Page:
Demonstrators, Armenia police clash outside station


YEREVAN, Armenia (AP) — Tensions in the Armenian capital rose on Wednesday night as demonstrators clashed with police near a police station where armed men have been holding hostages for four days and protesters erected barricades on a nearby avenue.

The police station in Yerevan’s Erebuni neighborhood was seized on Sunday morning by a group of gunmen seeking the release of an opposition figure who was arrested in June for illegal weapons possession. Investigators claimed he and his supporters were planning to seize government buildings.

A police colonel was killed in the attack and four other officers wounded. Another five remain held as hostages, including a city deputy police chief.

The arrested figure at the focus of the tensions, Jirair Sefilian, is a leader of the opposition group Founding Parliament, which has long called on Armenians to take to the streets to force the government of the former Soviet republic to step down.

Demonstrators supporting the group on Wednesday tried to break through police lines and threw stones and other objects. The police responded with tear gas and stun grenades. Samvel Hovhannisyan, another Yerevan deputy police chief, said many policemen were injured, but didn’t give a figure.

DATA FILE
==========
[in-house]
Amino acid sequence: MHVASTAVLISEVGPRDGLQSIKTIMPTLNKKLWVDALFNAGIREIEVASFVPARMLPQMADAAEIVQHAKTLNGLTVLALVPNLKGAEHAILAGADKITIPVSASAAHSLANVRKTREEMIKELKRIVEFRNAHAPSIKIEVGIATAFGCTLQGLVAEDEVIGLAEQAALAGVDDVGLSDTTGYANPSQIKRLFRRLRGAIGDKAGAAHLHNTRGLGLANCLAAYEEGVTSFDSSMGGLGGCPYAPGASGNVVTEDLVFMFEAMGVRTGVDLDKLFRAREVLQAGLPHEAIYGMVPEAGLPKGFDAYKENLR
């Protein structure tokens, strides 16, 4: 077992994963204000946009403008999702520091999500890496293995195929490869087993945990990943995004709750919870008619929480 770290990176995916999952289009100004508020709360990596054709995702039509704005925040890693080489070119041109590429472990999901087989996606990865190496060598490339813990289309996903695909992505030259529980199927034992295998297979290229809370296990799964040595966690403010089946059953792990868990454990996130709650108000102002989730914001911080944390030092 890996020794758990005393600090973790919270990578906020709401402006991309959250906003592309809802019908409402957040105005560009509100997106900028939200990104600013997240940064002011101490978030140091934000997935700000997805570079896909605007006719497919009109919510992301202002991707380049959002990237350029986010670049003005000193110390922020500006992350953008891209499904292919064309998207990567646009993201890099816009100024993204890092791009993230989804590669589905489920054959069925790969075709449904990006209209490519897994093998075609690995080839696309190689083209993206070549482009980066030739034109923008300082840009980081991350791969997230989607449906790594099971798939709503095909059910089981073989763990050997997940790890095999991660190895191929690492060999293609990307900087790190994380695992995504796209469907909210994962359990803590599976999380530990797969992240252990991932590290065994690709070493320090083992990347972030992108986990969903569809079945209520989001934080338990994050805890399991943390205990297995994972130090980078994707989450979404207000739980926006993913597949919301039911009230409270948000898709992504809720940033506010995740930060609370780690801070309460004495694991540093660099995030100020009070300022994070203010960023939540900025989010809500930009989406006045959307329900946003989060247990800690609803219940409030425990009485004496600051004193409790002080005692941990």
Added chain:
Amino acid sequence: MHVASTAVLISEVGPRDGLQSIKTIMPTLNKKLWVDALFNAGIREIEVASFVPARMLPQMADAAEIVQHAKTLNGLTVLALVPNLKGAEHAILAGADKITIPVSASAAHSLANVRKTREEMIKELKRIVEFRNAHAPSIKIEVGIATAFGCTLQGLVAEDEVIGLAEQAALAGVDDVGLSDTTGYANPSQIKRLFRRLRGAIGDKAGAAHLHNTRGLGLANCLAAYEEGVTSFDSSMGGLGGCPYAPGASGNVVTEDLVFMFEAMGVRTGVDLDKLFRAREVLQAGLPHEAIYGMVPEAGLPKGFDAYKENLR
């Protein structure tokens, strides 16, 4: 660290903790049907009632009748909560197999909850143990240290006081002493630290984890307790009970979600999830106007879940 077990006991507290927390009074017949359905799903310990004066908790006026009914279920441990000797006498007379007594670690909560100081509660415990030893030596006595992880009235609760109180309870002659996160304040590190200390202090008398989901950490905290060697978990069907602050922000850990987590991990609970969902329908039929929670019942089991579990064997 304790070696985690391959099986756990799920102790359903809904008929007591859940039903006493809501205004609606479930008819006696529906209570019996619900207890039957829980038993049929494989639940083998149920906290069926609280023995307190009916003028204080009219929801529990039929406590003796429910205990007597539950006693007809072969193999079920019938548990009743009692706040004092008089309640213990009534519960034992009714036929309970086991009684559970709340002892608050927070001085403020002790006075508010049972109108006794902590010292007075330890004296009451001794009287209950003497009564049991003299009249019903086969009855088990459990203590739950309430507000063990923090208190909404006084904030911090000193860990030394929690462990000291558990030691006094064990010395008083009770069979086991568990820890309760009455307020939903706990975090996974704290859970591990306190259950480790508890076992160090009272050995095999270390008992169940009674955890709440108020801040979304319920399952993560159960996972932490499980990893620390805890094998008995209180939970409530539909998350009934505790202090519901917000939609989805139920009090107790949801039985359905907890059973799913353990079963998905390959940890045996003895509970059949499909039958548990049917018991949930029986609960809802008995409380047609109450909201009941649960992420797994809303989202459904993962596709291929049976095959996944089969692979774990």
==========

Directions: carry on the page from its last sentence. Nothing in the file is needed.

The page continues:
Protesters later began erecting barricades of garbage containers, disused refrigerators and other objects on Tigran Mets Avenue, which runs from the capital’s sprawling central square and near the police station.

Efforts to calm the protesters, including a visit to the scene by a top official of the dominant Armenian Apostolic Church, appeared to have little effect.

Nikol Panishian, an opposition member of parliament who has tried to be a mediator between the gunmen and authorities, urged the demonstrators to be peaceful but to remain at the scene.

“Not one stone should fly at the police. The police are our brothers,” he told the crowd.

The police colonel who was killed in the Sunday seizure was buried on Wednesday. Panishian said the gunmen holding the police station allowed some of the hostages to fire shots from a weapon in a symbolic farewell salute.